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A SHORT HISTORY OF THE PARTNERSHIP FOR WATER SUSTAINABILITY IN BRITISH COLUMBIA: “Celebration of Our Story: Genesis / First Decade / What Next” (released November 2020)


Erik Karlsen (1945-2020) was the Partnership’s ‘eminence grise’. When he retired from government, he turned his mind to the work of The Partnership. Influential in government, and the architect of BC’s Georgia Basin Initiative, Erik crafted the think pieces that guided the process for development of the Water Sustainability Action Plan. Erik helped everyone push the boundaries of their comfort zones. The result was a philosophical foundation and framework that has guided The Partnership to this day.

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ARTICLE: Natural Assets as Ecological Systems and Services: What do you know or wonder about the EAP and MNAI missions? (Asset Management BC Newsletter, Fall 2020)


“The two initiatives are outcomes flowing from the tireless determination of two pioneers, EAP Chair Tim Pringle and MNAI Chair Emanuel Machado, to transform how local governments view ecological systems and the services they provide. Development of both MNAI and EAP began around 2015. Actually translating policy objectives into tangible outcomes requires that local governments have a methodology and metrics for valuing ecological assets and services in an asset management strategy,” wrote Kim Stephens.

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ARTICLE: Resiliency Planning During a Pandemic – perspectives from Gibsons on a local government response (Asset Management BC Newsletter, Summer 2020)


“On the Sunshine Coast, we have benefited from the existence of a plan and structure to help the region manage its response to the pandemic. The coordinated response, via an Emergency Operations Centre set-up for that purpose, has been particularly helpful in ensuring unified communications and action planning. Municipal leaders and staff from various communities actively participated in the different roles and as a result, we have increased our region’s capacity to support the work now and in future events,” stated Emanuel Machado.

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ARTICLE: Infrastructure Management in British Columbia – Glen Brown has provided leadership at a provincial scale to transform the phrase ‘sustainable service delivery’ into an actionable vision for local government (Asset Management BC Newsletter, Summer 2020)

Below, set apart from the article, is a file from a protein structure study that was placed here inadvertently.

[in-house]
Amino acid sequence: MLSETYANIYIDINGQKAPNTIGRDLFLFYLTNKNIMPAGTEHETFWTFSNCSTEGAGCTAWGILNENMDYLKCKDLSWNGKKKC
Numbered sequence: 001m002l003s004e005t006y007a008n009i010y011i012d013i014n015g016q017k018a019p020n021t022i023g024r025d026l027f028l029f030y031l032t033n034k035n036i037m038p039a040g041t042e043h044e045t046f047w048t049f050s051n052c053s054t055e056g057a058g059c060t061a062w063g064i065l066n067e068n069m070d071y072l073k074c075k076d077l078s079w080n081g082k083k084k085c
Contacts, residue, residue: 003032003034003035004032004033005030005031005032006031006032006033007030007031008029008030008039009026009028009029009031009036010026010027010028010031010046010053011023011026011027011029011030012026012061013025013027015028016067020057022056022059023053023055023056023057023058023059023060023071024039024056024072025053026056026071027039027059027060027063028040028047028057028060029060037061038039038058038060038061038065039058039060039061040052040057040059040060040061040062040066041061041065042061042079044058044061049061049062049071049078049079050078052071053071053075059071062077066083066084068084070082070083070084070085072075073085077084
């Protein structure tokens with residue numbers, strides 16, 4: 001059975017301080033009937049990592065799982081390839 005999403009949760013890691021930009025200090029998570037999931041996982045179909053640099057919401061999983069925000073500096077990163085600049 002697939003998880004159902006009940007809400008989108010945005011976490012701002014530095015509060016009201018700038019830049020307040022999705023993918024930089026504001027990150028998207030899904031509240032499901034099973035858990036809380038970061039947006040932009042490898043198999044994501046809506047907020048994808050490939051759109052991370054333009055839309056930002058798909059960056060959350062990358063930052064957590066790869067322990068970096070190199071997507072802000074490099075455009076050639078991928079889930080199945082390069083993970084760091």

The 20/80 Rule refers to the initial capital cost of municipal infrastructure being about 20% of the ultimate total cost, with the other 80% being an unfunded liability. This is a driver for doing business differently. “Tackling the unfunded infrastructure liability involves a life-cycle way of thinking about infrastructure needs and how to pay for those needs over time. This holistic approach is described as Sustainable Service Delivery. The link between infrastructure asset management and the protection of a community’s natural resources is an important piece in Sustainable Service Delivery,” stated Glen Brown.

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DOWNLOAD: “Re-focus Integrated Stormwater Management Plans on on watershed targets and outcomes so that there are clear linkages with the land use planning and development approval process” – Metro Vancouver Reference Panel (2009)


A commitment by Metro Vancouver municipalities to integrate land use and drainage planning was the genesis for Integrated Stormwater Management Plans (ISMPs). “When the Reference Panel reported back to the Waste Management Committee in July 2008, we identified the ISMP process as a sleeper issue because there are 130 watersheds in the region; and continuation of the old-business-as-usual would potentially result in an aggregate unfunded liability that could easily equal the $1.4 billion cost of sewage treatment,” stated Kim Stephens.